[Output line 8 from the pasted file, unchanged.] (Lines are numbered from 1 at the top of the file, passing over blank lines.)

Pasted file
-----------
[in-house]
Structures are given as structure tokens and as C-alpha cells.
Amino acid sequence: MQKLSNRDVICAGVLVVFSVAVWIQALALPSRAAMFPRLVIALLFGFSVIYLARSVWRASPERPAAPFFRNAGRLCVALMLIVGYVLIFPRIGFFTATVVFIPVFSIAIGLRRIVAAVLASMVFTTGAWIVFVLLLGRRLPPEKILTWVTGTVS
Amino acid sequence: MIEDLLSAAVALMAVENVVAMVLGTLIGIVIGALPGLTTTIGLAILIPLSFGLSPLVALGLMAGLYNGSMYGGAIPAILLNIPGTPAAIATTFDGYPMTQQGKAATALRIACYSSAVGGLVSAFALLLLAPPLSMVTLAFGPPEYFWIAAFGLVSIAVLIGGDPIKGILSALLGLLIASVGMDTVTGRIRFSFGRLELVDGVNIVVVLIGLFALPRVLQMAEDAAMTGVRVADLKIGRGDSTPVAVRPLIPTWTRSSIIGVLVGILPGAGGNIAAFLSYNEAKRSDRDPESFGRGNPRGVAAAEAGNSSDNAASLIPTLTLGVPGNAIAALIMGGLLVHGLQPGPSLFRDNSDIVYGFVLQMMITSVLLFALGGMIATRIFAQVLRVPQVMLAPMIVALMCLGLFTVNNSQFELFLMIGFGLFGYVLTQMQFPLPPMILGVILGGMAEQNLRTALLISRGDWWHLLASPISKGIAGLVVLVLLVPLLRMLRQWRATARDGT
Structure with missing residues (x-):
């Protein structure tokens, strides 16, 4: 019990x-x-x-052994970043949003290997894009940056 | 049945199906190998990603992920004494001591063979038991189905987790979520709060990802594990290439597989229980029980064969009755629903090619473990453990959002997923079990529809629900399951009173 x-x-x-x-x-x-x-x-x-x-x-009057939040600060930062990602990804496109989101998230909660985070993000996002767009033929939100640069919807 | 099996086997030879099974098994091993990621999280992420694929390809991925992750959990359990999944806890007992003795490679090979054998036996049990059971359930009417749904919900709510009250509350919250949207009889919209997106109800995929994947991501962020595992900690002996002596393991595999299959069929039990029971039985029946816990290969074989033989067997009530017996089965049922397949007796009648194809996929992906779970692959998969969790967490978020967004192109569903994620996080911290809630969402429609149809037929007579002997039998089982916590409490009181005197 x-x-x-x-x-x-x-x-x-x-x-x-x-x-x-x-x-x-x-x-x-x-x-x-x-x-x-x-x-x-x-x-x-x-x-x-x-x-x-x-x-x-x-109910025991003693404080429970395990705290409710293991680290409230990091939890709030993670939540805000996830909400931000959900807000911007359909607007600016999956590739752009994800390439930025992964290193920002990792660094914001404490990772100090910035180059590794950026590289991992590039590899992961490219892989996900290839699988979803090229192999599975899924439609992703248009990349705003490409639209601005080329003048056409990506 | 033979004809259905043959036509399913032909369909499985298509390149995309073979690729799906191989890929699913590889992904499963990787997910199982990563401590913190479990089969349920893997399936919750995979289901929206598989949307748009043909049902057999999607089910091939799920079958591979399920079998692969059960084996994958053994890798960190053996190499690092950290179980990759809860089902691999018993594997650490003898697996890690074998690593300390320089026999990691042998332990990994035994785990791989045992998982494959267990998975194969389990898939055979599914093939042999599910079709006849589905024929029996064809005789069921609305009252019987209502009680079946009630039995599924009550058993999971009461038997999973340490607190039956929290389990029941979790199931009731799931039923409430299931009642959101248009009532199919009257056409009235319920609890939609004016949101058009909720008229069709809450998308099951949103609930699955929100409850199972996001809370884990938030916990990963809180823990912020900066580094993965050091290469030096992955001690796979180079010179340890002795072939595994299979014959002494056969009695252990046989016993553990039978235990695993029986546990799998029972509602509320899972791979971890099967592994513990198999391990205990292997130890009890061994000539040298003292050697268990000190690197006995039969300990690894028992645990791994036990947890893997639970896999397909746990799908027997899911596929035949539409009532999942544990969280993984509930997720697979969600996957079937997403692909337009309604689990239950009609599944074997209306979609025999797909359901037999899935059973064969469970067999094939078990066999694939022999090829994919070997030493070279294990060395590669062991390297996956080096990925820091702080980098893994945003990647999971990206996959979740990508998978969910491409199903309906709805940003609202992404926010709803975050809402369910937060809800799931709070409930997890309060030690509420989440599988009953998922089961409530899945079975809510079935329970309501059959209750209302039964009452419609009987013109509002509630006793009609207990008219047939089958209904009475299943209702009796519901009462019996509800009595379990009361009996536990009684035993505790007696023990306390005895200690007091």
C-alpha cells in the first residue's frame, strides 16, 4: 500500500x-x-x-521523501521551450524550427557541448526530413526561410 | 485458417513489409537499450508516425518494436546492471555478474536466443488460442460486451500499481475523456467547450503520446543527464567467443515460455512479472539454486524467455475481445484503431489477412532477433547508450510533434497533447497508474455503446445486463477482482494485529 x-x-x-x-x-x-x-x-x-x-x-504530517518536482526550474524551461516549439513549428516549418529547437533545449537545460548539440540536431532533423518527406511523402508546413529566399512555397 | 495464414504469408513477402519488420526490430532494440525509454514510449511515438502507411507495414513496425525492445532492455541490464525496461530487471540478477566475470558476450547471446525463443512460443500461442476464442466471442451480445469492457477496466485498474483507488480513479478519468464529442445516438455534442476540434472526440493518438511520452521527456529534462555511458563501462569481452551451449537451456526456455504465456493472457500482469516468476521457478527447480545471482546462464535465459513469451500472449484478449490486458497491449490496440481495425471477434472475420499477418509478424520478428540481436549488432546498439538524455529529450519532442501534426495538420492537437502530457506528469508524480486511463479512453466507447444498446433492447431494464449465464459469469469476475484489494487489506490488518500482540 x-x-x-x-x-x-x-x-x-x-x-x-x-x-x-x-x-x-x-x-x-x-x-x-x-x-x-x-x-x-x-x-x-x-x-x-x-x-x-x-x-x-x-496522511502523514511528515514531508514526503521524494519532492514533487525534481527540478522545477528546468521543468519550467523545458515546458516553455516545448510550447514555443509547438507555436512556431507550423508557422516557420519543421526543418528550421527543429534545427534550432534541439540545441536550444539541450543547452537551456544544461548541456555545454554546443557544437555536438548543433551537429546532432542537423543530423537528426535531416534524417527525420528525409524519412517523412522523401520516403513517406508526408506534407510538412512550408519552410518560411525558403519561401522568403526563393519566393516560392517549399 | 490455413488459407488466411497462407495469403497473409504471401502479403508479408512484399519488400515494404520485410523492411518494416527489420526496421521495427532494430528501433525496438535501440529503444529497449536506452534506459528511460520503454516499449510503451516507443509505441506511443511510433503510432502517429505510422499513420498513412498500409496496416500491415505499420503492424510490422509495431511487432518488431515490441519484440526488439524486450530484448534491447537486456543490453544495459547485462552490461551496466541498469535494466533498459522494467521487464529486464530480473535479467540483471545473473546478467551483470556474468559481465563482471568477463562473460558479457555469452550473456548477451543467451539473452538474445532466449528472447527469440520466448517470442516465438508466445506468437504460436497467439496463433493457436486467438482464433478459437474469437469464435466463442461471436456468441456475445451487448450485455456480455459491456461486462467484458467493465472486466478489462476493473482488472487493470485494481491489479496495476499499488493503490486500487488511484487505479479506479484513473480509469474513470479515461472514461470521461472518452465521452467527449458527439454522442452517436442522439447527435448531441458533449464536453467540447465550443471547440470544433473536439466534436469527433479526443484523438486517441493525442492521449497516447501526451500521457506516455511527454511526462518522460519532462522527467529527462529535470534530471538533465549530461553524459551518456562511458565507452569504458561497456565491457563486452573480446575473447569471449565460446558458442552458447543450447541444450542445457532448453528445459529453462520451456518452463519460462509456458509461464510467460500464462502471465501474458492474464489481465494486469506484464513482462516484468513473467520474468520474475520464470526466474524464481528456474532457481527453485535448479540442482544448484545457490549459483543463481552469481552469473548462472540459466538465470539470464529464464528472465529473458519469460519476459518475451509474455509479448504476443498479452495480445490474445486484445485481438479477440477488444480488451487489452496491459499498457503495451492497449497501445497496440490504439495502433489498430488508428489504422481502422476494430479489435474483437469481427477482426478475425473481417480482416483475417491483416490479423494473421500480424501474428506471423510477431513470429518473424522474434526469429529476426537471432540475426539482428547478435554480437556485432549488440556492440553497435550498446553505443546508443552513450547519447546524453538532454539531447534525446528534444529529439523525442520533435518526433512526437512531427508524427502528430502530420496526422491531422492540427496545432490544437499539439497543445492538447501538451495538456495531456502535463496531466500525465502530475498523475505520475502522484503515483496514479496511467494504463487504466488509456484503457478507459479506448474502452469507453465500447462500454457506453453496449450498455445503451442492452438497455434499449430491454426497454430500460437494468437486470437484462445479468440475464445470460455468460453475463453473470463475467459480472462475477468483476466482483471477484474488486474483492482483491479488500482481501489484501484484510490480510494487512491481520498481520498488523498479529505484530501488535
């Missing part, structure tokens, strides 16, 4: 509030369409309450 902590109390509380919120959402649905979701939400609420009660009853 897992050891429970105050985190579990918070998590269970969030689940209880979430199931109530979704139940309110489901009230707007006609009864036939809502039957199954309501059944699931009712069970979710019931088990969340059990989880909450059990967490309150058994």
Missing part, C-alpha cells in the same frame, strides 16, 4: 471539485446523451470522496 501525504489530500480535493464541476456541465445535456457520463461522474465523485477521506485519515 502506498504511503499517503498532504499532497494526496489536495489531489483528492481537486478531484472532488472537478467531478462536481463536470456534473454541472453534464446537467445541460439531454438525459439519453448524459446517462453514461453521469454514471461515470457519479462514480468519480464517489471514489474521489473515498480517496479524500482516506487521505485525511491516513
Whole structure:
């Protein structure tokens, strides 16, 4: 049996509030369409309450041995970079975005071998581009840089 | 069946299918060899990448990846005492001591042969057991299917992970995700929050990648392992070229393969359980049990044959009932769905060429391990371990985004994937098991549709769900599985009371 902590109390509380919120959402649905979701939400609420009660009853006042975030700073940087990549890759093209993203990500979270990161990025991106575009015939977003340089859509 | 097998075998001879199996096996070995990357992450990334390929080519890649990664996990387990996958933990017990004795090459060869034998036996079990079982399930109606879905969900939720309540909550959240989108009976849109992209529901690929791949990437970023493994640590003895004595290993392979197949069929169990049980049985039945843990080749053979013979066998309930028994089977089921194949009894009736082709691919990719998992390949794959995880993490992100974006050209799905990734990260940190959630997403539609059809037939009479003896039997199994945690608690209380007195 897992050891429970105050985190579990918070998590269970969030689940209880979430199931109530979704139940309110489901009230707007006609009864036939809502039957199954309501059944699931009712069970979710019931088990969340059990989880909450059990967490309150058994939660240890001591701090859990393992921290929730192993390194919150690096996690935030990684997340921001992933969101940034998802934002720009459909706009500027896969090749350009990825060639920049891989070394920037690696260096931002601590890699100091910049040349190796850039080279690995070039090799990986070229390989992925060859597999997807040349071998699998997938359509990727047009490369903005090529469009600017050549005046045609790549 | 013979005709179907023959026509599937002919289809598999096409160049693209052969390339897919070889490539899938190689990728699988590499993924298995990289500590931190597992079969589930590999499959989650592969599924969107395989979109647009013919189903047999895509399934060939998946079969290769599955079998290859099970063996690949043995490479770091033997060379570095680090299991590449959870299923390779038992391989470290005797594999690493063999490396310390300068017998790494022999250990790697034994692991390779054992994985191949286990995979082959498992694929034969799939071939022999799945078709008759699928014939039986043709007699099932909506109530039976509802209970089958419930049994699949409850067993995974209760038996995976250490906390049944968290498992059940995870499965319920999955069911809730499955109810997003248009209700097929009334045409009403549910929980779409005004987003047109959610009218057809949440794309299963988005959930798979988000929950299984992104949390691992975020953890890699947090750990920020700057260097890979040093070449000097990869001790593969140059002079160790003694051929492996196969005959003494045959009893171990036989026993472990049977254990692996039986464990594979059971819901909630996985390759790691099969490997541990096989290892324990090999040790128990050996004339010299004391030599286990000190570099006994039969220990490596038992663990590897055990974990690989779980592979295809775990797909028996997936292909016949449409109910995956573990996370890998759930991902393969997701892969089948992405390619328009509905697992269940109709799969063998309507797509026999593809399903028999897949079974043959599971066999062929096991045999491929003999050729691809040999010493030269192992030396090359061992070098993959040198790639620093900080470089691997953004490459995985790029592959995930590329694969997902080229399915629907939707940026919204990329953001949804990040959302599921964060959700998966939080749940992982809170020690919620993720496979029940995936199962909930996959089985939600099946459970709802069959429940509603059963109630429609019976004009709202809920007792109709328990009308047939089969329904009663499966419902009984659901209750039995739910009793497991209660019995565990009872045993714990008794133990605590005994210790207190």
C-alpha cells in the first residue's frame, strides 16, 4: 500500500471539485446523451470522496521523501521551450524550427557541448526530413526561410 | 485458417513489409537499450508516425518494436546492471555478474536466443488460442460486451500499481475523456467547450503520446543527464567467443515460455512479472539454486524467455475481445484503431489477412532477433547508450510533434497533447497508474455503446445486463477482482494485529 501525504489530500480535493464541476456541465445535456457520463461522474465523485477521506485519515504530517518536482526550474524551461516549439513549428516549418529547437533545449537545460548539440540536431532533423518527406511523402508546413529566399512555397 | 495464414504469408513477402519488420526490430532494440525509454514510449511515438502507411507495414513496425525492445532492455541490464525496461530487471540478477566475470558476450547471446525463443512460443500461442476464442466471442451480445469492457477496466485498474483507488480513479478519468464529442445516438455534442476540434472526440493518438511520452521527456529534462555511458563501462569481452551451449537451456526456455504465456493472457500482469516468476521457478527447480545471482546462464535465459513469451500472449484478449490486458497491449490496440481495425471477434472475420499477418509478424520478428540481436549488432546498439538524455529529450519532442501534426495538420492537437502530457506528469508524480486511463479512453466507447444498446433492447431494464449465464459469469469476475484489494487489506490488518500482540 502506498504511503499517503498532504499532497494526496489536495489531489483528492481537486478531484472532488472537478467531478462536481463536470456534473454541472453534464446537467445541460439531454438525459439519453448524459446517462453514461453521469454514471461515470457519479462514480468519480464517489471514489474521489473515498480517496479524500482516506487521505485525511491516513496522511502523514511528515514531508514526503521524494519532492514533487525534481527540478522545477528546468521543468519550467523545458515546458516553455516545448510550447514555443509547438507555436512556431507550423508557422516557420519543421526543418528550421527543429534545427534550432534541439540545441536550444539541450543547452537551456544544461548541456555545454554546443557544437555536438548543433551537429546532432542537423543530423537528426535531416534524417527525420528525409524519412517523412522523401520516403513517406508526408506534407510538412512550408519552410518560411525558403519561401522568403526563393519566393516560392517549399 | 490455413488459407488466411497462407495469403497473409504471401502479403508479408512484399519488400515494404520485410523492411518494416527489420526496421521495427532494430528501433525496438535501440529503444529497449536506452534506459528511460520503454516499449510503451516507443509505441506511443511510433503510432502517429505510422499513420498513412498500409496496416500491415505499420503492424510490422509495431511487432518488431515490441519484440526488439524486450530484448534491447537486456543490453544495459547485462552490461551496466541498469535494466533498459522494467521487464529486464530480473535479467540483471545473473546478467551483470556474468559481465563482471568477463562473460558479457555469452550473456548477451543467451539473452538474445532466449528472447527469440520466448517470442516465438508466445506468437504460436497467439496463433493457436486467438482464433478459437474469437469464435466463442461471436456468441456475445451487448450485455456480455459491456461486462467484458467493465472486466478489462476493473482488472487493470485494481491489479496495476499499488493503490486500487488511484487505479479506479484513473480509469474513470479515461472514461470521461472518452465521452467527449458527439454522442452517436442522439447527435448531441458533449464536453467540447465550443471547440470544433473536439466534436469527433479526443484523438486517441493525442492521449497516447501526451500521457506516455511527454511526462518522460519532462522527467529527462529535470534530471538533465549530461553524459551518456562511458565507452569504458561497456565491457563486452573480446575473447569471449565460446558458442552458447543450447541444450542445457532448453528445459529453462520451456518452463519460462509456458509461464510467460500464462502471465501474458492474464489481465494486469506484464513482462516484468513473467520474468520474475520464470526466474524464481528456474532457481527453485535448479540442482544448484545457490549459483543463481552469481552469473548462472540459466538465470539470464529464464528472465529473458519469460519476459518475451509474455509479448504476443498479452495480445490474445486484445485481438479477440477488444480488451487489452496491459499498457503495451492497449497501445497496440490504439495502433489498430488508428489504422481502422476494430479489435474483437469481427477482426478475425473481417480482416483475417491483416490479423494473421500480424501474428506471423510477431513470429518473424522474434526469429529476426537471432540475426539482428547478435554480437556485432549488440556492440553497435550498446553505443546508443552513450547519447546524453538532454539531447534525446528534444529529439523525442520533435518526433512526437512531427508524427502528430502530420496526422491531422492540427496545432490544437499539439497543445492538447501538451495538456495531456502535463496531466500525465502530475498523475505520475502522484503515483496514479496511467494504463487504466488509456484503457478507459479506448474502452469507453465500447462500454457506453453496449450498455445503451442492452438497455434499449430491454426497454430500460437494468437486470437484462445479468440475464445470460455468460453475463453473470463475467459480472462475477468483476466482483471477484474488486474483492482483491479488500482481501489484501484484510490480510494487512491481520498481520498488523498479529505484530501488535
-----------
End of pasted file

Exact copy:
């Missing part, structure tokens, strides 16, 4: 509030369409309450 902590109390509380919120959402649905979701939400609420009660009853 897992050891429970105050985190579990918070998590269970969030689940209880979430199931109530979704139940309110489901009230707007006609009864036939809502039957199954309501059944699931009712069970979710019931088990969340059990989880909450059990967490309150058994």